RE: Rails, It Turns Out I’m Just an Idiot, Not A Moron

Or vice versa.

About a week ago I wrote and deleted a fairly whiny post about how I was trying to write a simple Rails application and just didn’t get it. I mean, I could generate scaffolding and stuff, like any chimp could, but every time I tried to do anything in the least bit off-the-beaten path, I’d end up in a morass.

Having taken a little time off I started messing around with a simple rails app again, and needed to look something up, and I couldn’t find it in the api documentation or googling around, so I grabbed my ancient (1st edition) Agile Web Development with Rails book, and checked out the index. Ah, there was what I needed, on page X Y and Z.

In the midst of reading those pages I realized I had never really taken advantage of that book at all.

See, the first umpteen chapters of the book are a tutorial, where you follow along, they say do this and do that, and you are supposed to go “wow, it sure looks easy, of course, I’m not learning anything except what to do if I happen to want to build exactly what they are building in the tutorial example.”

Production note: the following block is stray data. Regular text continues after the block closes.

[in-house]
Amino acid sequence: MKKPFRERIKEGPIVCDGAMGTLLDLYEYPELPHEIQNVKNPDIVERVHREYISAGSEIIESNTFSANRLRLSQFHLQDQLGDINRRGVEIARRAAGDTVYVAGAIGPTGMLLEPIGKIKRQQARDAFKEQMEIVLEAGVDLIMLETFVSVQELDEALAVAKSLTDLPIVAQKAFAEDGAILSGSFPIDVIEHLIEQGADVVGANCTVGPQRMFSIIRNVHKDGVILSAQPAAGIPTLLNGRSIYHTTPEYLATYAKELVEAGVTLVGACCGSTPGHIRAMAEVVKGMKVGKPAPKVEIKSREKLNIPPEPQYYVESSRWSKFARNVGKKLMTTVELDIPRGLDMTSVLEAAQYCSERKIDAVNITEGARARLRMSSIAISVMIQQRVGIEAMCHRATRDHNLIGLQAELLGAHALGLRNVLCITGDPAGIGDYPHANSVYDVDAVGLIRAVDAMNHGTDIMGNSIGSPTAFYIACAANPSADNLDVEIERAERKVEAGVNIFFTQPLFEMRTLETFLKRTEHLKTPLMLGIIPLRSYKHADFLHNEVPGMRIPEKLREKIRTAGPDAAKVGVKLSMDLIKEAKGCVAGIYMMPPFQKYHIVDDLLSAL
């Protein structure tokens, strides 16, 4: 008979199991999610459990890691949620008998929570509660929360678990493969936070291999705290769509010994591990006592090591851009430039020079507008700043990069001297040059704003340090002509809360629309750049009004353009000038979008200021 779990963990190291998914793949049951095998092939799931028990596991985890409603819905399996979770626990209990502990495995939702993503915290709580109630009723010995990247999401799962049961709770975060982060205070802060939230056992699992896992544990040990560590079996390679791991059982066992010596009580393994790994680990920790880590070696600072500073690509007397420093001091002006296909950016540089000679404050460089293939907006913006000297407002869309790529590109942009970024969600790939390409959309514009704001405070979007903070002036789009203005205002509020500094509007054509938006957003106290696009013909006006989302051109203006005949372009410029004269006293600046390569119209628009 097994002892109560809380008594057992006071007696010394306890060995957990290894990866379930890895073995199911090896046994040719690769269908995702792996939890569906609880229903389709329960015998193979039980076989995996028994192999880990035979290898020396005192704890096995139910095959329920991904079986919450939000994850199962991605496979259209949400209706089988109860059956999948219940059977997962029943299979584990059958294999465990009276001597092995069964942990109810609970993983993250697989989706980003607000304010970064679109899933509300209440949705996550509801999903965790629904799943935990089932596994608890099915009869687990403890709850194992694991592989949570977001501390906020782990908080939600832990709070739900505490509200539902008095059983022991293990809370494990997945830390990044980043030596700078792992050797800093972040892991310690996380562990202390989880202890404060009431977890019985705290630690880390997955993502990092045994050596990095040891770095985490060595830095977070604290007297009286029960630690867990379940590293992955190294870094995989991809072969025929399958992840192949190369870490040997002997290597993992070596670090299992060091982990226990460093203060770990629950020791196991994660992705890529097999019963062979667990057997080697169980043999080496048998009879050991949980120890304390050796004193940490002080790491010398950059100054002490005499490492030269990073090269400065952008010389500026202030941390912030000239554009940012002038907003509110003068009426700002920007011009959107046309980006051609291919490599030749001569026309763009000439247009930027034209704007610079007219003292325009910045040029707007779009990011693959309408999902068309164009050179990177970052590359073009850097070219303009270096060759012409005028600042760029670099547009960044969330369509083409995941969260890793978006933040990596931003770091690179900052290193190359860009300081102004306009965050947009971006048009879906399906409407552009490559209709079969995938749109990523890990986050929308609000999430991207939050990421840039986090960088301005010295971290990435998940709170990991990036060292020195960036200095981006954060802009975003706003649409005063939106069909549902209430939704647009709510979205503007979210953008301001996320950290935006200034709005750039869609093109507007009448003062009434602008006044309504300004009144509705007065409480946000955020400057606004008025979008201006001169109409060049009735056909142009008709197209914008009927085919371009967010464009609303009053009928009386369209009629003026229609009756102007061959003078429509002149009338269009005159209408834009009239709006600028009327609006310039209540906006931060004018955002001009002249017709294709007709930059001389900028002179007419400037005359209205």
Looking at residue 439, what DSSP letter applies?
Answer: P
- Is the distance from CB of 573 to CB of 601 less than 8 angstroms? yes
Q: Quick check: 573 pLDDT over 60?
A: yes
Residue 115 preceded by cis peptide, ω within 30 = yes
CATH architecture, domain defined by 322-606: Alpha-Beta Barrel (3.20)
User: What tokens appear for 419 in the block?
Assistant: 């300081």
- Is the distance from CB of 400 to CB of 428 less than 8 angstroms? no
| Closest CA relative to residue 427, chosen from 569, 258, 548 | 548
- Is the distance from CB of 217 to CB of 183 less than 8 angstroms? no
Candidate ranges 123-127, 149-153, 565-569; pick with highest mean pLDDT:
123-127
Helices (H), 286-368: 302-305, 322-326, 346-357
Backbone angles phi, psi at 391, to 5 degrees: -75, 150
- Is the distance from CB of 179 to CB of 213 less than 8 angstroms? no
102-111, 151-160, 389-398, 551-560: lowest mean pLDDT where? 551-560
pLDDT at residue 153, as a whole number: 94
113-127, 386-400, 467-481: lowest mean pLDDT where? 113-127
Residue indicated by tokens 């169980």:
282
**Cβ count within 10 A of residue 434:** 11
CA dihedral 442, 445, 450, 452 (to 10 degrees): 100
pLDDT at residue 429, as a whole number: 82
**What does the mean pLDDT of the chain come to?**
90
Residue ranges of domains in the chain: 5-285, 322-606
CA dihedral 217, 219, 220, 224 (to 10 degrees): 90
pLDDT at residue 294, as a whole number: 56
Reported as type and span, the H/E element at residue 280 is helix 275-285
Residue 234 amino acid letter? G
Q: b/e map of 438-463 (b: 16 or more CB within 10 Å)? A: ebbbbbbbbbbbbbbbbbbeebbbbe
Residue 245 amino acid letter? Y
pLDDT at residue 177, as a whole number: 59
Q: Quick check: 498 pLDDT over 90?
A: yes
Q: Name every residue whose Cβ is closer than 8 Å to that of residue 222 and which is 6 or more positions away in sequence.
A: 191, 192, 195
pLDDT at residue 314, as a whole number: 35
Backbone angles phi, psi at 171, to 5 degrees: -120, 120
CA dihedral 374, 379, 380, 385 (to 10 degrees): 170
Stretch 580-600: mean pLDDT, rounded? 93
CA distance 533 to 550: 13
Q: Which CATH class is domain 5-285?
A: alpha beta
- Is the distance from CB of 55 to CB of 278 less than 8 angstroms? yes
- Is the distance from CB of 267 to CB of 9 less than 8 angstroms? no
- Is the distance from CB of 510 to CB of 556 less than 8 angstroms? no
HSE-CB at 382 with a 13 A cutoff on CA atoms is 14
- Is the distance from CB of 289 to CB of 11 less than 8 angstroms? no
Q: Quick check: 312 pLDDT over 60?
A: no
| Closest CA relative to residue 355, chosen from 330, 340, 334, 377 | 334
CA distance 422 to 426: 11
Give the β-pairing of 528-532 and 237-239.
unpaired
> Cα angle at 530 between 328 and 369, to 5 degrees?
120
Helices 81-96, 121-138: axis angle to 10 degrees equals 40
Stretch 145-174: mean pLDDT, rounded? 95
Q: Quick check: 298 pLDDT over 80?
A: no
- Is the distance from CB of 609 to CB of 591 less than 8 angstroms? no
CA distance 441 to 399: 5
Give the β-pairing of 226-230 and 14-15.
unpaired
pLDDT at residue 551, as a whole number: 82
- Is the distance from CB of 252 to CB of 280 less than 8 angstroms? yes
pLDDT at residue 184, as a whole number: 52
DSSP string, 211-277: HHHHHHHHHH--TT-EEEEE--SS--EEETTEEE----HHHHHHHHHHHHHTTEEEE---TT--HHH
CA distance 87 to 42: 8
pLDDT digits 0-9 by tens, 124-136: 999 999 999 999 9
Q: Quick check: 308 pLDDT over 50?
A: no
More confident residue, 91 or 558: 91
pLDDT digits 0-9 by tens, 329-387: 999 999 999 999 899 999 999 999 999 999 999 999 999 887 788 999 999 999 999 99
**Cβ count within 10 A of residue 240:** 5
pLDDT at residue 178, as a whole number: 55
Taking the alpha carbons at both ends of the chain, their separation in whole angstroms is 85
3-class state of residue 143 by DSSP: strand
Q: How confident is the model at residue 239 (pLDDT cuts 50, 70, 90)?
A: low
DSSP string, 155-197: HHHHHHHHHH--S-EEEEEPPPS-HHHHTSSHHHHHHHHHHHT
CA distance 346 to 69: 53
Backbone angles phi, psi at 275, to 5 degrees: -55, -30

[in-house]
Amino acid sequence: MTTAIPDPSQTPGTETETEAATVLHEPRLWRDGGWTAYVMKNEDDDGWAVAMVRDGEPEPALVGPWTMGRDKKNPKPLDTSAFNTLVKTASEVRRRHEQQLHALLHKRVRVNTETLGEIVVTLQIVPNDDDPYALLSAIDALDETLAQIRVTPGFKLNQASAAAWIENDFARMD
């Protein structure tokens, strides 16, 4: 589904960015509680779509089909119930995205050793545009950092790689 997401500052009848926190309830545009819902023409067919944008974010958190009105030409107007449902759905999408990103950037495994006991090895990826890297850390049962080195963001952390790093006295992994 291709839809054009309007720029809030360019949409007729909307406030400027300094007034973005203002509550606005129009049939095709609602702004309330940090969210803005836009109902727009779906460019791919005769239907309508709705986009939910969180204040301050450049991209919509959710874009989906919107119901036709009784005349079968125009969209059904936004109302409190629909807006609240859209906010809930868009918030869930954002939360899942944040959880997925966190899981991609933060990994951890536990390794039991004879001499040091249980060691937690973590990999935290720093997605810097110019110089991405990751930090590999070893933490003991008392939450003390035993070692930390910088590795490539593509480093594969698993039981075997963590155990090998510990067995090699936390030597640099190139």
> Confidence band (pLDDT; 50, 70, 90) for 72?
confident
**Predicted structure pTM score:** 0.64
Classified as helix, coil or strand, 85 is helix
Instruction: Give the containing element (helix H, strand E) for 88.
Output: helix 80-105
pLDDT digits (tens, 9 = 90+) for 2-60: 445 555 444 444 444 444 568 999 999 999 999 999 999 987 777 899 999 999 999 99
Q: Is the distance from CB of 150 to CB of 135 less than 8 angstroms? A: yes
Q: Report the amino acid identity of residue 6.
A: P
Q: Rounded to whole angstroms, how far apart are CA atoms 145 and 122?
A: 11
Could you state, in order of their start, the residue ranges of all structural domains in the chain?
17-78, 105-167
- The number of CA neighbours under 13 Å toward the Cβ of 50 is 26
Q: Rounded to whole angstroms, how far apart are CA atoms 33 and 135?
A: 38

I’d only made it through a few chapters before tossing the book aside as useless, because that sort of thing doesn’t help me at all. I can’t follow along and not understand what’s going on. I want to know what’s going on, how things work, first, and then I may be able to get something useful out of an example or tutorial.

There is basically no useful way (for me at least) to learn Rails on the web. All you have are these whizz-bang follow-along tutorials, which don’t ever give you a complete picture of what’s going on, and the API documentation, which is useful as a reference but horribly painful to try to learn from. It’s hell or high water — either handwaving la-la on the one hand, or details so nitty-gritty that you’ve got to be a lot more of a propellerhead than I am to use them for learning.

Anyone who’s got the Rails book I mentioned can already see why I’m an idiot. It turns out that the latter half of the book, after all that whizz-bang la-la tutorial, is exactly what I needed. It sets out very clearly and comprehensibly what all the various parts of Rails are, how they fit together, what you can do with them, giving you enough details to clearly understand what you can do with each piece, but organizing those details into a comprehensible presentation.